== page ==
Louie St. George
- Member for
- 4 years 6 months
DULUTH -- Elisha Barno slid into a chair in the Holiday Inn lobby Thursday evening to answer a few questions about Grandma’s Marathon. In addition to a windbreaker, running pants and a baseball cap, Barno wore his standard smile, the one he takes onto racecourses, where he makes his living.
DULUTH—When he left the Navy in 2007 after four years and three deployments, Nate Miller returned to his hometown of St. Cloud, Minn. Gathering intelligence, fortifying communities against the threat of attack and working as a survival specialist in Iraq and Afghanistan had taken its toll. Re-entry into civilian life was no picnic, either.
Entering the fourth week of the high school football season, Northwestern’s Reagan Ruffi had rushed for a solid, if not spectacular, 184 yards.
DULUTH — Runners will do just about anything to get across the finish line. Tim Cernohous took that determination to the extreme Saturday morning. Effectively dead for a brief period of time after collapsing on Canal Park Drive, the 33-year-old Duluthian revived, recovered and completed his seventh consecutive Garry Bjorklund Half Marathon.
HERMANTOWN, Minn. — Earlier this month, before departing on a two-week vacation to Florida, Bruce Plante said he was leaning toward stepping down as Hermantown's boys hockey coach. Plante, though, had to make sure he was all-in on retirement. "It's a really big decision for me," he said then. "It's tough. Once you do it, you're out. You don't get to get the team back. You never get to go back. You have to be ready. I knew when I was ready (to retire from) baseball and I knew when I was ready to retire from teaching, but I'm still a little iffy."
ST. PAUL — Thanks to a Gavin Hain hat trick and one more Zach Stejskal treat, the Halloween Machine is back on top. Hain scored three goals for the second time this postseason, fellow junior Stejskal shone brightly once more between the pipes, and the Thunderhawks are boys hockey state champions for the first time since 1980.
PAUL — There’s something about Hermantown hockey players making snow angels on the Xcel Energy Center ice. Saturday afternoon, it was Dylan Samberg’s turn to go gliding, arms flapping, gloves and helmets whistling through the air above him. The Hawks senior defenseman had just ended a heart-stopping affair vs. Monticello-Annandale-Maple Lake to cap an unforgettable Class A boys hockey tournament the same way last year’s finished — with Hermantown on top.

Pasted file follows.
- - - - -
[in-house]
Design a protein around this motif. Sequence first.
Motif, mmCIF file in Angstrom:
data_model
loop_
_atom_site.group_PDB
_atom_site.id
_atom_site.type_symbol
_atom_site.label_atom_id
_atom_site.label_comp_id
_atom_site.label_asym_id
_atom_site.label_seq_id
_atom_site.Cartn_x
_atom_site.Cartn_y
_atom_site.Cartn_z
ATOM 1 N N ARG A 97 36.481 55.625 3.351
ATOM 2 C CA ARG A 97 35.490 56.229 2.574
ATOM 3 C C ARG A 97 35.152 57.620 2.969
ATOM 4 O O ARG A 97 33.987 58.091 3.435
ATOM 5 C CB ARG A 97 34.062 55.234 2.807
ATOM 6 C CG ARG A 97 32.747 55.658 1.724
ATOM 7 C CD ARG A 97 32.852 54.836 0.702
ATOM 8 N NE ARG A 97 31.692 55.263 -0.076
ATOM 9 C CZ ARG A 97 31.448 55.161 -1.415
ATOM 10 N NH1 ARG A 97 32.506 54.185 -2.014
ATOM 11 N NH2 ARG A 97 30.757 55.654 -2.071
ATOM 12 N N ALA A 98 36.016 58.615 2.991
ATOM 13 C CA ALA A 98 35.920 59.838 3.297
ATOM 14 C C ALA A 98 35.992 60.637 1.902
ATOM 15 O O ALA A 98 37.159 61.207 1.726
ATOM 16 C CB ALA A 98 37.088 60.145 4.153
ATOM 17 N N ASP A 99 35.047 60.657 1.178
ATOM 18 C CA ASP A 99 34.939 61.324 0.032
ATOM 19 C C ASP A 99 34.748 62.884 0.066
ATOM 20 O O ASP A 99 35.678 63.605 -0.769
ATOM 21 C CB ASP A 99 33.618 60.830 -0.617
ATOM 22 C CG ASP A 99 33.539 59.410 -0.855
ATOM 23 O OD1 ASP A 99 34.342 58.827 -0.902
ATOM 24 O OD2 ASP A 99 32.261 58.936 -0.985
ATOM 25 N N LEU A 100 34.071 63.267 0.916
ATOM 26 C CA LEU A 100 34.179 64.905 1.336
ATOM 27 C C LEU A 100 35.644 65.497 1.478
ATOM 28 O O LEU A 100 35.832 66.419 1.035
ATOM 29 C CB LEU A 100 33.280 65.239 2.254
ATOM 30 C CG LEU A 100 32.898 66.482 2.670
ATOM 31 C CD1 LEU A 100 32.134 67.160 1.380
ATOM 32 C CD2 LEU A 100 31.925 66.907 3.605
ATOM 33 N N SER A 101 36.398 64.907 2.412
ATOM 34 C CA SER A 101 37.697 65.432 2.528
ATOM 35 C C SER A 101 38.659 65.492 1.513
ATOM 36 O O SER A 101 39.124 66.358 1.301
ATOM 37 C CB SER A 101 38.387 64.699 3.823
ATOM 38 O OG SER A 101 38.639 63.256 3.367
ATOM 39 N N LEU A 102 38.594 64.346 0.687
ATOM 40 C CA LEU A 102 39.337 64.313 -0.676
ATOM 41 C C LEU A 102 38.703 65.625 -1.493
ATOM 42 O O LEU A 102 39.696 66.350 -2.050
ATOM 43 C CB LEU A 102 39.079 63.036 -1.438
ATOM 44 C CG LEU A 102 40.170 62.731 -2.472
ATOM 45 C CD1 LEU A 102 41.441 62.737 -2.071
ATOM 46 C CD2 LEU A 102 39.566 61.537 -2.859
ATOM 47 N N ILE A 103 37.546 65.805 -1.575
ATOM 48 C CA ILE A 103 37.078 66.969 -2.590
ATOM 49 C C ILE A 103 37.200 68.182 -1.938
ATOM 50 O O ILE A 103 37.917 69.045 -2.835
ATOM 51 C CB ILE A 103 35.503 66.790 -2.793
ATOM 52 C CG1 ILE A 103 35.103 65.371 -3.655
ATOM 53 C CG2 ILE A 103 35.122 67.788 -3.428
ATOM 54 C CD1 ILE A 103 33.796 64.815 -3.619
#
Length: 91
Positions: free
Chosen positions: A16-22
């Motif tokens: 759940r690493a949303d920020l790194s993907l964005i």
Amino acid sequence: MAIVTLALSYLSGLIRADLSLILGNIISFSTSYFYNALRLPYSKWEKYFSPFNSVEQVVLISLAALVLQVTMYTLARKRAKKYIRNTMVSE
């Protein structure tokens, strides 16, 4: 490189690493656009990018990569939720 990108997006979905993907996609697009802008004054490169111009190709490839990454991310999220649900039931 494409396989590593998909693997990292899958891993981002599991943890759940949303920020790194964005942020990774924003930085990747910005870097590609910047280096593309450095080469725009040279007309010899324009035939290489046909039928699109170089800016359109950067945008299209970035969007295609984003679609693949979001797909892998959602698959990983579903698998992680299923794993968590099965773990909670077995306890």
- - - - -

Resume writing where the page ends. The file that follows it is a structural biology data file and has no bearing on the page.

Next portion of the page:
Ask any member of the Superior Spartan football team to explain the squad's blistering start, and you're bound to hear one of about three well-versed responses centering on team chemistry, hard work and a productive offseason. There's another reason that, while similarly bland, helps to shed light on the resurgent Spartans' undefeated sprint through the regular season's first month: They were tired of losing. "We can be great," senior defensive lineman Will Stream said before practice Tuesday.
A week ago the Duluth Huskies were in danger of missing the Northwoods League playoffs for the sixth consecutive season after a disheartening come-from-ahead loss in Mankato. Look at 'em now. In front of the fifth-largest home crowd in team history, the Huskies romped past the Eau Claire Express 7-2 Friday night at Wade Stadium for their fifth straight win.
When 2-year-old Finn High was struck in the chest by an errant baseball in May 2012, his father, Jamie High, braced himself for the inevitable avalanche of tears. Instead, Finn collapsed to the ground, not breathing and with no sign of a pulse. Paramedics transported him first to Cambridge (Minn.) Medical Center, then to Children's Hospital in Minneapolis.